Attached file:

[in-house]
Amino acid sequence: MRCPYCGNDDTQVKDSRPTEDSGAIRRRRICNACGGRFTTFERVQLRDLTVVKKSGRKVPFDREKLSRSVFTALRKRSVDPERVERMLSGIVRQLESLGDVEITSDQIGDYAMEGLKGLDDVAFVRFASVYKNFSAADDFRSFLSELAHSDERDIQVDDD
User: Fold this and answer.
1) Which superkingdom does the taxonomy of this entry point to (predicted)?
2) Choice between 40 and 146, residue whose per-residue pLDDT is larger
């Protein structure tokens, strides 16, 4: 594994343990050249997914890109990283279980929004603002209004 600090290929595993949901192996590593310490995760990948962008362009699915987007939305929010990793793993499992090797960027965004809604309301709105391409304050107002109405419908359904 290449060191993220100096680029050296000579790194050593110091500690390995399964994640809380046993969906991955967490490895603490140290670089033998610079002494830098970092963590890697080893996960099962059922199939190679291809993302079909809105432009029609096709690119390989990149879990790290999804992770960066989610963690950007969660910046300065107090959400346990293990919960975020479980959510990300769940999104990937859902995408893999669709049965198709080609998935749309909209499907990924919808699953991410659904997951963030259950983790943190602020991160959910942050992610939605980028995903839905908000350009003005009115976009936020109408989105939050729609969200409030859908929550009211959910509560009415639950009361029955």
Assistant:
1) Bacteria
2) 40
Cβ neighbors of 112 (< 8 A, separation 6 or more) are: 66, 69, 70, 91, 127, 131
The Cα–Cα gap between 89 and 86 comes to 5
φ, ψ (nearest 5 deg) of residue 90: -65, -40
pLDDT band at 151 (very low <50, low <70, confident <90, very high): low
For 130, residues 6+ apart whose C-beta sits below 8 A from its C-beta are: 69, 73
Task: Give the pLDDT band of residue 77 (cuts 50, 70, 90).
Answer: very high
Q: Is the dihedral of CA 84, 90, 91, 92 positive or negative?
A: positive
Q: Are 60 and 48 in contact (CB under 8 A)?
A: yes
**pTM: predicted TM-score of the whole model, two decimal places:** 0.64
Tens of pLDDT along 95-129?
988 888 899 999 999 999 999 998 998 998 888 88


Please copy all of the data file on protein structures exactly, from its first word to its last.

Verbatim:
[in-house]
Amino acid sequence: MRCPYCGNDDTQVKDSRPTEDSGAIRRRRICNACGGRFTTFERVQLRDLTVVKKSGRKVPFDREKLSRSVFTALRKRSVDPERVERMLSGIVRQLESLGDVEITSDQIGDYAMEGLKGLDDVAFVRFASVYKNFSAADDFRSFLSELAHSDERDIQVDDD
User: Fold this and answer.
1) Which superkingdom does the taxonomy of this entry point to (predicted)?
2) Choice between 40 and 146, residue whose per-residue pLDDT is larger
């Protein structure tokens, strides 16, 4: 594994343990050249997914890109990283279980929004603002209004 600090290929595993949901192996590593310490995760990948962008362009699915987007939305929010990793793993499992090797960027965004809604309301709105391409304050107002109405419908359904 290449060191993220100096680029050296000579790194050593110091500690390995399964994640809380046993969906991955967490490895603490140290670089033998610079002494830098970092963590890697080893996960099962059922199939190679291809993302079909809105432009029609096709690119390989990149879990790290999804992770960066989610963690950007969660910046300065107090959400346990293990919960975020479980959510990300769940999104990937859902995408893999669709049965198709080609998935749309909209499907990924919808699953991410659904997951963030259950983790943190602020991160959910942050992610939605980028995903839905908000350009003005009115976009936020109408989105939050729609969200409030859908929550009211959910509560009415639950009361029955």
Assistant:
1) Bacteria
2) 40
Cβ neighbors of 112 (< 8 A, separation 6 or more) are: 66, 69, 70, 91, 127, 131
The Cα–Cα gap between 89 and 86 comes to 5
φ, ψ (nearest 5 deg) of residue 90: -65, -40
pLDDT band at 151 (very low <50, low <70, confident <90, very high): low
For 130, residues 6+ apart whose C-beta sits below 8 A from its C-beta are: 69, 73
Task: Give the pLDDT band of residue 77 (cuts 50, 70, 90).
Answer: very high
Q: Is the dihedral of CA 84, 90, 91, 92 positive or negative?
A: positive
Q: Are 60 and 48 in contact (CB under 8 A)?
A: yes
**pTM: predicted TM-score of the whole model, two decimal places:** 0.64
Tens of pLDDT along 95-129?
988 888 899 999 999 999 999 998 998 998 888 88